More than a decade after its enactment, tens of millions of people nationwide rely on coverage options created through the Affordable Care Act of 2010 (ACA). The law has survived multiple court challeges at the U.S. Supreme Court and repeated attempts by Republicans in Congress to repeal it. Subsequent legislation has scaled back some aspects of the law and expanded others, including by the COVID-19 relief bill, the American Response Plan Act of 2021. This page highlights relevant analysis about the ACA and proposed and enacted changes to it..
For information about ACA Marketplace Open Enrollment, including fact sheets and 300+ FAQs, visit our collection of resources on Understanding Health Insurance.
Featured Affordable Care Act Resources
A summary of 10 of the major health coverage and financing provisions of the current Build Back Better Act, with discussion of the potential implications for people and the federal budget.
Related Affordable Care Act Resources
In this Policy Watch we explore the potential impact of the expiration of the American Rescue Plan Act’s enhanced financial help and new eligibility for the Affordable Care Act’s health insurance Marketplace federal subsidies. While the COVID-19 relief legislation passed earlier this year provides greater subsidy assistance through 2022, Democrats in Congress are currently considering making the temporary federal help permanent or extending it as part of their planned budget reconciliation legislation.
As the Senate considers Judge Amy Coney Barrett’s nomination to the Supreme Court, the October KFF Health Tracking Poll finds a large majority (79%) of the public do not want the Court to overturn the Affordable Care Act’s protections for people with pre-existing medical conditions, up 17 percentage points since…
This brief and side-by-side tables reviews the key health issues that are likely to have a direct impact on women’s health as well as their access to coverage and care, and summarizes the presidential candidates’ stated positions and records on these issues.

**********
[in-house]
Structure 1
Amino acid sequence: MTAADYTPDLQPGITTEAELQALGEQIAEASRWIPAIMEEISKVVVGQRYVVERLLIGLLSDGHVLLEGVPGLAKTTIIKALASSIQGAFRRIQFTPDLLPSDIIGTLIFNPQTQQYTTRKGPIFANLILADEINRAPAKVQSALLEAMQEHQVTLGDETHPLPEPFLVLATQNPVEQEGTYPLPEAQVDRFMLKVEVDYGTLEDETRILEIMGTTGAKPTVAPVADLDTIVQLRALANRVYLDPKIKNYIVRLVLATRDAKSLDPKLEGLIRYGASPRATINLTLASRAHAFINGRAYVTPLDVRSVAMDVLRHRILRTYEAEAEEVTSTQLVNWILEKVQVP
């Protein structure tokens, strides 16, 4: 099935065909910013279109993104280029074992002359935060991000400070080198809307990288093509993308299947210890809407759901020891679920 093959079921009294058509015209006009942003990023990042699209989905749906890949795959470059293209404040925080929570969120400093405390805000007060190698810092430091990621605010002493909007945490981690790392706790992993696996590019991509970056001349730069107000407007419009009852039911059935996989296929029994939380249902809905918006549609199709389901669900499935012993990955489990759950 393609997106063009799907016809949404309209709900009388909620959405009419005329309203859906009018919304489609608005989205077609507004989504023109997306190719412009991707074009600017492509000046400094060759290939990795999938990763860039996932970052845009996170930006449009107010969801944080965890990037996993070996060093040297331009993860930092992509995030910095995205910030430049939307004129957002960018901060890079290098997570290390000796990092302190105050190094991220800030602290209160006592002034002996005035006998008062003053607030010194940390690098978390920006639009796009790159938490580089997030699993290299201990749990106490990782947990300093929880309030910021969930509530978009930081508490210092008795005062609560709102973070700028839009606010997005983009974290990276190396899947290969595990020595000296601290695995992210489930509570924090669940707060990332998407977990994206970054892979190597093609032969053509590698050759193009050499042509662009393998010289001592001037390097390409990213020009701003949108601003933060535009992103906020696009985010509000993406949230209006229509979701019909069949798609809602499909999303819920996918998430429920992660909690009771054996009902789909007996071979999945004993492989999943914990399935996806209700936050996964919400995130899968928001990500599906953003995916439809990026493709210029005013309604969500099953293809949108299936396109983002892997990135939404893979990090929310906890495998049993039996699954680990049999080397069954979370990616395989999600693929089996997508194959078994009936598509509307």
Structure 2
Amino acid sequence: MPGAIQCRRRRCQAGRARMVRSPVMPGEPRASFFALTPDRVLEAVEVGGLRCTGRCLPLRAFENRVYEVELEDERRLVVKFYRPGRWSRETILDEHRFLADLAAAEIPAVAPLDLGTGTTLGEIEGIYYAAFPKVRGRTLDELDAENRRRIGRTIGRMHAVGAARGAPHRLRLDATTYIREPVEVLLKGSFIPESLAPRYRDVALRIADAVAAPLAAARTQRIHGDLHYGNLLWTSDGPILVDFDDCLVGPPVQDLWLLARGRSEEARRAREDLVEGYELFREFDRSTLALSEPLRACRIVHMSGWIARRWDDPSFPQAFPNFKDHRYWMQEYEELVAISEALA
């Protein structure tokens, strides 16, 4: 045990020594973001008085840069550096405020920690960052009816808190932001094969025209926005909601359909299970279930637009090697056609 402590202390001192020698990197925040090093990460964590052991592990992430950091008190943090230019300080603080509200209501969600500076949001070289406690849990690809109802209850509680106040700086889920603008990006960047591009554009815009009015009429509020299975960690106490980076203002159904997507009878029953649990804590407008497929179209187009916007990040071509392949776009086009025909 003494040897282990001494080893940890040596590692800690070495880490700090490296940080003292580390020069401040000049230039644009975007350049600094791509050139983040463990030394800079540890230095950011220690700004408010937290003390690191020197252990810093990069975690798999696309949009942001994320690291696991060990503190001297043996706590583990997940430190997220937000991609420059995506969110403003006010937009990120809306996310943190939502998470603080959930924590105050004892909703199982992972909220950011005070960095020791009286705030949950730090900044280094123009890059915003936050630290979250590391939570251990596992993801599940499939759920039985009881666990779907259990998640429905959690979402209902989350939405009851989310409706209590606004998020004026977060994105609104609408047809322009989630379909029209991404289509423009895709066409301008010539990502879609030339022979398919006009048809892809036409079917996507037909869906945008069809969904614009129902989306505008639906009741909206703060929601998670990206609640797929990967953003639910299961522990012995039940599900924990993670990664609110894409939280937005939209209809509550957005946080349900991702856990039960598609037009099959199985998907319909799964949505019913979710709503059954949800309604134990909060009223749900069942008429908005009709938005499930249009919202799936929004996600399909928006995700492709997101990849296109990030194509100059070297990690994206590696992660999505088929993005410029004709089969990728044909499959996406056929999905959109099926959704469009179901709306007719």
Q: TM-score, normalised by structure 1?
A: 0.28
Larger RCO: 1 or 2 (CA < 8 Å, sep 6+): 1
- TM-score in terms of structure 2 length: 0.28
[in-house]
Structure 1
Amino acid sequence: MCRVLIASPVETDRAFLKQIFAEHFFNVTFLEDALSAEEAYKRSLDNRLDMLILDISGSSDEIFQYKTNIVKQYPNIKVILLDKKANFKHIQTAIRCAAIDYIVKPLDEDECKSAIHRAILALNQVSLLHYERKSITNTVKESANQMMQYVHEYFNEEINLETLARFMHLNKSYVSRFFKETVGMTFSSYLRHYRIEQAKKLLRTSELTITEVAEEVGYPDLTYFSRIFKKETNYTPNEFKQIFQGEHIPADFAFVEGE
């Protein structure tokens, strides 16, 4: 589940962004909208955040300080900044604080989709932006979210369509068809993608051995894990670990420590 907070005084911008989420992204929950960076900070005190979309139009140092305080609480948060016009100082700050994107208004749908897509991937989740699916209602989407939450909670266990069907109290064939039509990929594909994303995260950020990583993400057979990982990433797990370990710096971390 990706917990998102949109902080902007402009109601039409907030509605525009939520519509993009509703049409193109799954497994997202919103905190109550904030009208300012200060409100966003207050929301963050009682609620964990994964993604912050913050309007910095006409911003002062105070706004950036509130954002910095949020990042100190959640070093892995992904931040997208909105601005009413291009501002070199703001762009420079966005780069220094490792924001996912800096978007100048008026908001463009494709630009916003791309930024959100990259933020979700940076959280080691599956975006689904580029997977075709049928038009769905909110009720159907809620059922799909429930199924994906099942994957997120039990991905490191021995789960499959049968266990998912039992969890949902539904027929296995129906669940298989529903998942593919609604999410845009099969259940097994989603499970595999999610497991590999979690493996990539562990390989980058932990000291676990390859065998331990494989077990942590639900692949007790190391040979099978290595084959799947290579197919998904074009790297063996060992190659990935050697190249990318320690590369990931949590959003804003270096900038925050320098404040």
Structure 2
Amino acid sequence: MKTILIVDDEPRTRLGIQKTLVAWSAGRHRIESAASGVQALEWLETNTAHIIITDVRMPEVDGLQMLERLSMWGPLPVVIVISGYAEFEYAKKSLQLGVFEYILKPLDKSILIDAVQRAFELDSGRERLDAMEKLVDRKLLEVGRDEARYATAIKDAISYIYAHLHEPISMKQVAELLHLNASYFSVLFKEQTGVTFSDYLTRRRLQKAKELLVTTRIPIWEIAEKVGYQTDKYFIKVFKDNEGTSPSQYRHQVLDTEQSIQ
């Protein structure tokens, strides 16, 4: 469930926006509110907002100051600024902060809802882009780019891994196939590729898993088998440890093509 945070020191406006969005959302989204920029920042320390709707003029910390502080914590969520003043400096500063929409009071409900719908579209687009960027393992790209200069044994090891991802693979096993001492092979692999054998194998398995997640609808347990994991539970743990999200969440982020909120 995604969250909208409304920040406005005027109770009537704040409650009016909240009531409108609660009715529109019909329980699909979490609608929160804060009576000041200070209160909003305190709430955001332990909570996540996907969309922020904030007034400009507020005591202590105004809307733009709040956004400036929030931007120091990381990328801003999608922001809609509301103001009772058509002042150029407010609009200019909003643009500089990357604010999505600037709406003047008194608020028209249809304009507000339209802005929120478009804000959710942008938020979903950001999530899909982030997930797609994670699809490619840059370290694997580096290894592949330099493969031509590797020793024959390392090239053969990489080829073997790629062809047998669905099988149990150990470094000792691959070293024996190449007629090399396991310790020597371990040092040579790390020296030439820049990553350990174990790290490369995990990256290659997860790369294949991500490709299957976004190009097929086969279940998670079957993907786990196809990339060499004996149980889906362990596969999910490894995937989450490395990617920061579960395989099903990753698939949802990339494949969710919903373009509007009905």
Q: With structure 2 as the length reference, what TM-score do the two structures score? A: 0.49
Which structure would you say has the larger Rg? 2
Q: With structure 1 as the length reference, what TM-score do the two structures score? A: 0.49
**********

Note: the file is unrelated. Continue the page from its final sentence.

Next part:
U.S. Supreme Court decisions shape health policy in important ways. The nomination of Judge Amy Coney Barrett, if confirmed, is expected to establish a solid 6:3 conservative majority that could affect case outcomes in several areas. This issue brief considers the potential implications of a reconfigured Court for health policy issues, including those already on the Court’s docket for the coming term and those that the Court may choose to consider in this term or in the future.
Because the prevalence of depression and anxiety disorders appears to have increased substantially since the start of the Coronavirus pandemic, if the ACA is repealed, mental illnesses could be the most common pre-existing conditions.
With the death of Justice Ruth Bader Ginsburg, a lawsuit before the Supreme Court to overturn the Affordable Care Act (ACA) suddenly has a much better chance of succeeding. And, that could make protections for people with pre-existing conditions an even bigger campaign issue.
Millions of low-income Americans currently covered by Medicaid likely would become uninsured if the Supreme Court were to strike down the Affordable Care Act in California v. Texas, a legal challenge the high court is scheduled to hear in early November, KFF experts explain in a new Policy Watch post.…
In November, the Supreme Court is scheduled to hear arguments on a legal challenge that seeks to overturn the Affordable Care Act (ACA). This analysis shows that new coverage options under the ACA have contributed to large gains in coverage, particularly among people of color, helping to narrow longstanding racial disparities in health coverage.
More than a decade after its enactment, tens of millions of people nationwide rely on coverage options created through the Affordable Care Act of 2010 (ACA). The law has survived multiple court challeges at the U.S. Supreme Court and repeated attempts by Republicans in Congress to repeal it. Subsequent legislation…
The debate over filling the Supreme Court seat previously held by Ruth Bader Ginsburg has brought renewed attention to the possibility of the Affordable Care Act (ACA) being overturned under the court challenge in California v. Texas, currently scheduled to be heard shortly after the election this November. The expansion of Medicaid was a central component of the ACA, and 39 states have now adopted the ACA expansion into their Medicaid programs. Because Medicaid is administered by states, under federal guidelines, there may be some confusion about how overturning the federal law would affect state Medicaid programs.